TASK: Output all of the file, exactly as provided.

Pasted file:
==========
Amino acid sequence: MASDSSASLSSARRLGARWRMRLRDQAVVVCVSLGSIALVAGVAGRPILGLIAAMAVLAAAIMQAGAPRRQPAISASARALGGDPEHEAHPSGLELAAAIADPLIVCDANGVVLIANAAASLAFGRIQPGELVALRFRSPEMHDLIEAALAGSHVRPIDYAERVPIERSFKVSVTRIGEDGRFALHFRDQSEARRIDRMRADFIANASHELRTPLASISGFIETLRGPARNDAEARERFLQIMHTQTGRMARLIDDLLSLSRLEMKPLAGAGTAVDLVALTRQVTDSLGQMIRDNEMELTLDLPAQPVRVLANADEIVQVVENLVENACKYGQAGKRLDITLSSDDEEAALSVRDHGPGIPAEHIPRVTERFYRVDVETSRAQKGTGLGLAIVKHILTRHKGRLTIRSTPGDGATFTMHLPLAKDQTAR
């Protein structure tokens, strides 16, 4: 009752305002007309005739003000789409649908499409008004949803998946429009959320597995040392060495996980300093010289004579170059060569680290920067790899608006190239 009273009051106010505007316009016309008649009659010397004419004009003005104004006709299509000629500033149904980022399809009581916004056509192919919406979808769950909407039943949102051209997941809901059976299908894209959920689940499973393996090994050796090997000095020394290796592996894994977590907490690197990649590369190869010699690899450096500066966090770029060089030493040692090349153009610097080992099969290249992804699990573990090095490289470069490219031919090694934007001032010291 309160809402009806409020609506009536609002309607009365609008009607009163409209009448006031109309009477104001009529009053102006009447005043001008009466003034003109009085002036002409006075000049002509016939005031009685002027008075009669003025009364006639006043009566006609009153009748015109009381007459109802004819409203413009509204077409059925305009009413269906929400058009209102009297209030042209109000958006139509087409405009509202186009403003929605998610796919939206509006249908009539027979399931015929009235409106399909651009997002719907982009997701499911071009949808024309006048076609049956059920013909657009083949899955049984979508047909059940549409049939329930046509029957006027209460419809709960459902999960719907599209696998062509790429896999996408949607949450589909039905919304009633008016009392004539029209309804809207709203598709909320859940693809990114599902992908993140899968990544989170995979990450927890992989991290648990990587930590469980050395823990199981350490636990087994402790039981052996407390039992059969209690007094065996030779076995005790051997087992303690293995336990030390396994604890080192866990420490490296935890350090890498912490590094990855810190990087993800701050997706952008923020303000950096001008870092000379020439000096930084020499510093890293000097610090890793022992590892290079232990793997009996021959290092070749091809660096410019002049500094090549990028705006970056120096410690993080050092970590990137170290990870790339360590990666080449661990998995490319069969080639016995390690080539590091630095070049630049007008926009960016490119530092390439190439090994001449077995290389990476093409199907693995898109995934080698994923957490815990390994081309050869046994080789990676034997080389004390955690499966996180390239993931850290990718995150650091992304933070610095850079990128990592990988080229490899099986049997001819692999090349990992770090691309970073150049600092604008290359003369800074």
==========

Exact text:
Amino acid sequence: MASDSSASLSSARRLGARWRMRLRDQAVVVCVSLGSIALVAGVAGRPILGLIAAMAVLAAAIMQAGAPRRQPAISASARALGGDPEHEAHPSGLELAAAIADPLIVCDANGVVLIANAAASLAFGRIQPGELVALRFRSPEMHDLIEAALAGSHVRPIDYAERVPIERSFKVSVTRIGEDGRFALHFRDQSEARRIDRMRADFIANASHELRTPLASISGFIETLRGPARNDAEARERFLQIMHTQTGRMARLIDDLLSLSRLEMKPLAGAGTAVDLVALTRQVTDSLGQMIRDNEMELTLDLPAQPVRVLANADEIVQVVENLVENACKYGQAGKRLDITLSSDDEEAALSVRDHGPGIPAEHIPRVTERFYRVDVETSRAQKGTGLGLAIVKHILTRHKGRLTIRSTPGDGATFTMHLPLAKDQTAR
């Protein structure tokens, strides 16, 4: 009752305002007309005739003000789409649908499409008004949803998946429009959320597995040392060495996980300093010289004579170059060569680290920067790899608006190239 009273009051106010505007316009016309008649009659010397004419004009003005104004006709299509000629500033149904980022399809009581916004056509192919919406979808769950909407039943949102051209997941809901059976299908894209959920689940499973393996090994050796090997000095020394290796592996894994977590907490690197990649590369190869010699690899450096500066966090770029060089030493040692090349153009610097080992099969290249992804699990573990090095490289470069490219031919090694934007001032010291 309160809402009806409020609506009536609002309607009365609008009607009163409209009448006031109309009477104001009529009053102006009447005043001008009466003034003109009085002036002409006075000049002509016939005031009685002027008075009669003025009364006639006043009566006609009153009748015109009381007459109802004819409203413009509204077409059925305009009413269906929400058009209102009297209030042209109000958006139509087409405009509202186009403003929605998610796919939206509006249908009539027979399931015929009235409106399909651009997002719907982009997701499911071009949808024309006048076609049956059920013909657009083949899955049984979508047909059940549409049939329930046509029957006027209460419809709960459902999960719907599209696998062509790429896999996408949607949450589909039905919304009633008016009392004539029209309804809207709203598709909320859940693809990114599902992908993140899968990544989170995979990450927890992989991290648990990587930590469980050395823990199981350490636990087994402790039981052996407390039992059969209690007094065996030779076995005790051997087992303690293995336990030390396994604890080192866990420490490296935890350090890498912490590094990855810190990087993800701050997706952008923020303000950096001008870092000379020439000096930084020499510093890293000097610090890793022992590892290079232990793997009996021959290092070749091809660096410019002049500094090549990028705006970056120096410690993080050092970590990137170290990870790339360590990666080449661990998995490319069969080639016995390690080539590091630095070049630049007008926009960016490119530092390439190439090994001449077995290389990476093409199907693995898109995934080698994923957490815990390994081309050869046994080789990676034997080389004390955690499966996180390239993931850290990718995150650091992304933070610095850079990128990592990988080229490899099986049997001819692999090349990992770090691309970073150049600092604008290359003369800074």